Perhaps it’s that grounding in reality that keeps it possible for us to relate the way we do.  We see ourselves in the characters they create, in the personal experiences they share.  I may love The Stones.  But if Mick Jagger wants to tug at my heart strings with the reflections of a little migrant child packed in a sweltering car of siblings on his own Grapes Of Wrath or Kerouac road trip, it’s going to fail.  Jagger may tell that story.  But our brains know that he’s simply watching the journey unfold from 30,000 feet in his Lear Jet.  Alejandro is the individual who you could find (at least until recently) strolling down South Congress in Austin, swapping stories and songs with his friends.  There’s no demi-god in that.  There’s a lot of I’d like to call him friend in that.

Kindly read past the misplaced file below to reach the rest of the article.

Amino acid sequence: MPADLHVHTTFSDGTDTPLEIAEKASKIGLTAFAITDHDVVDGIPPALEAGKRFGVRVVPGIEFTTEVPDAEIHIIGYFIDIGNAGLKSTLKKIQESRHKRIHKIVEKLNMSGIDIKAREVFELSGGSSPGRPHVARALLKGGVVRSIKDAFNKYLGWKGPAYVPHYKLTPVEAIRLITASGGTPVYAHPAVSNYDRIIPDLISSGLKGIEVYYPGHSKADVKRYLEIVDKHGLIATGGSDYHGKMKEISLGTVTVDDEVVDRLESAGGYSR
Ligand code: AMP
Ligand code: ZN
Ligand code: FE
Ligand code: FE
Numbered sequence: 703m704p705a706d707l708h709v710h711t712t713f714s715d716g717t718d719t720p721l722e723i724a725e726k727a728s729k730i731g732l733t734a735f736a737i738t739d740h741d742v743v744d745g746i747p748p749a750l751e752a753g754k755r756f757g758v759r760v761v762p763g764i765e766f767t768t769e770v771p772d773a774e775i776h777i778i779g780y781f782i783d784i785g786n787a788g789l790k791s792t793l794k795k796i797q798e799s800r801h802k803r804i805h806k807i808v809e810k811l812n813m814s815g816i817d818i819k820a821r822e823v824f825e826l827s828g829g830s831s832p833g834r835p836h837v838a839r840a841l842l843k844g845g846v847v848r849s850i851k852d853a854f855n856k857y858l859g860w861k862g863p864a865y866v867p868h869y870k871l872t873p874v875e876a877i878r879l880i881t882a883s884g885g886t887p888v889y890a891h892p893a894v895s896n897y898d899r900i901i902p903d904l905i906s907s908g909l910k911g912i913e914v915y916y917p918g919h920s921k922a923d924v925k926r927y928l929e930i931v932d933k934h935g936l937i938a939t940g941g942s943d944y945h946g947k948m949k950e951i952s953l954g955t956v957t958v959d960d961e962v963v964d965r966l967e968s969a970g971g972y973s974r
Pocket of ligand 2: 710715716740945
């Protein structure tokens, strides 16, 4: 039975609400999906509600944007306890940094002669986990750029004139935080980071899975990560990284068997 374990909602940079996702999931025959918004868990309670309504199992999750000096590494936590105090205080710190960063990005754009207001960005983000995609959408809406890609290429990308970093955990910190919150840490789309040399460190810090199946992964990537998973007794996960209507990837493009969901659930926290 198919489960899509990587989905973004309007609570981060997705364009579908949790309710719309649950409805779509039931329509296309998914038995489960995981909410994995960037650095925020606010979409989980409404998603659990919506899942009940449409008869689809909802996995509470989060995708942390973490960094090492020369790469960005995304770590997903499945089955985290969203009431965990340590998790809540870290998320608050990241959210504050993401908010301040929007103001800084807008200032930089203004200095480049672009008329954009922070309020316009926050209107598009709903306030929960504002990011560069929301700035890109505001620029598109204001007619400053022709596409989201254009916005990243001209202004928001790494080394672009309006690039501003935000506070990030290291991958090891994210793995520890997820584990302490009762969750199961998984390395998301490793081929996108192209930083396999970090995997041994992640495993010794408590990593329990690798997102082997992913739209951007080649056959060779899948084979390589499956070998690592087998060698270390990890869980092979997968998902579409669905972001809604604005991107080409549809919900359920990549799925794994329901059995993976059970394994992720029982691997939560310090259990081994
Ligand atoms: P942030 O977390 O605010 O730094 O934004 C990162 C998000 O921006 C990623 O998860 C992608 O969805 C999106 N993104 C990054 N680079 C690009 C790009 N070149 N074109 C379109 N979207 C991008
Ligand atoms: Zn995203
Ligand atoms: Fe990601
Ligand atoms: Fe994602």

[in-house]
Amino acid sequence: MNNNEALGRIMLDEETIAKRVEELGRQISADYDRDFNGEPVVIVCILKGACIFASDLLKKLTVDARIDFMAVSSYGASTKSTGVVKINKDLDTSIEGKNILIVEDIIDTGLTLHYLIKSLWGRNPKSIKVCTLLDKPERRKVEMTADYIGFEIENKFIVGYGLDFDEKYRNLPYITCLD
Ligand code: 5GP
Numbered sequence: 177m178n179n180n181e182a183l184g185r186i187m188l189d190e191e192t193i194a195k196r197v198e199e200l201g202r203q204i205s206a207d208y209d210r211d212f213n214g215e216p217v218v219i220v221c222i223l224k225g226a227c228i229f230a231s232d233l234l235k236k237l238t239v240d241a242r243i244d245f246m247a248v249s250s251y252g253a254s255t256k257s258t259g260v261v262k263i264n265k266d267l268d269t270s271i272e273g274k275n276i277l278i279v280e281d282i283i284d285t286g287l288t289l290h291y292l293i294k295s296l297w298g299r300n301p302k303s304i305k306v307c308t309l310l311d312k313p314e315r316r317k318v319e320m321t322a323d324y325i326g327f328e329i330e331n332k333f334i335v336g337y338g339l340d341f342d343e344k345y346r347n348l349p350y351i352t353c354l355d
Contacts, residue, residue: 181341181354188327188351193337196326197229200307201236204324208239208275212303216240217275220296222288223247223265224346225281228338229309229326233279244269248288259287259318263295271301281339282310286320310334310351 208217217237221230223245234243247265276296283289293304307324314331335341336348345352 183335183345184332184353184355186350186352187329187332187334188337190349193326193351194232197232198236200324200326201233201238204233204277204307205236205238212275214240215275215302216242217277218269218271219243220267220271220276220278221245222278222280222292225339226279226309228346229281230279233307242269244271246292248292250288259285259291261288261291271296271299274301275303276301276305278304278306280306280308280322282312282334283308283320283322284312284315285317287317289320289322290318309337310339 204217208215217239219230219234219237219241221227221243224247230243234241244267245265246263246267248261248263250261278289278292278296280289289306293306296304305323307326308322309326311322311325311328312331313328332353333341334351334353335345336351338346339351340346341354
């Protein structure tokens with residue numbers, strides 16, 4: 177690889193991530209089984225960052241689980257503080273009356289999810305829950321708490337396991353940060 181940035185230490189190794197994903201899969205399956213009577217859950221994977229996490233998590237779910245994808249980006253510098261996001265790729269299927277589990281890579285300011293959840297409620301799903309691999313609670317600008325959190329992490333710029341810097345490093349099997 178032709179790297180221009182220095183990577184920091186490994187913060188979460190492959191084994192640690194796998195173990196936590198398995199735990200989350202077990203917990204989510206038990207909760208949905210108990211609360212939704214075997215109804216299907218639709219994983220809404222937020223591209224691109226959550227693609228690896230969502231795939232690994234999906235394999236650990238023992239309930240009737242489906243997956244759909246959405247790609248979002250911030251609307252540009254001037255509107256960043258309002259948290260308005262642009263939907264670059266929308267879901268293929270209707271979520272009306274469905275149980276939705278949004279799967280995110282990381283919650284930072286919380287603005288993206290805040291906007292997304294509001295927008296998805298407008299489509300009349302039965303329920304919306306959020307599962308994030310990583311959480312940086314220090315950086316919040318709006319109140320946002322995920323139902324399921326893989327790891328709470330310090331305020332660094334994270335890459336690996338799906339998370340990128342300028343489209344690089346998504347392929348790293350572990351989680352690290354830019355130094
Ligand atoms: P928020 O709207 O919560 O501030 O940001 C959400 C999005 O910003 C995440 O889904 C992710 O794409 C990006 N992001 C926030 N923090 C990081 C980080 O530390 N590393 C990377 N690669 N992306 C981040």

Note before I forget, he didn’t play Wasn’t I Always A Friend To You!  Maybe after all these years, and all these times I’ve seen him, he no longer needs to ask.  It’s also testament to how wonderfully constructed last night’s show was.  How do you step around a song like that?  The set list has to hold its own.  Or you’re simply being self-indulgent.  Playing only what you want rather than honoring the people who have come to see you.  Escovedo is anything but self-indulgent. Every song he offered last night was brilliant.

When I sat down to write this review, I meant to recap the songs he played with his band.  A remarkably accomplished group of Eric Heywood on guitar and peddle steel, Kimone Kirk on bass and the ever present Hector Munoz behind the kit.  If I go that route, I’ll still be sitting here trying to find words long after tonight’s fireworks have turned to ash on the bottom of the St Croix.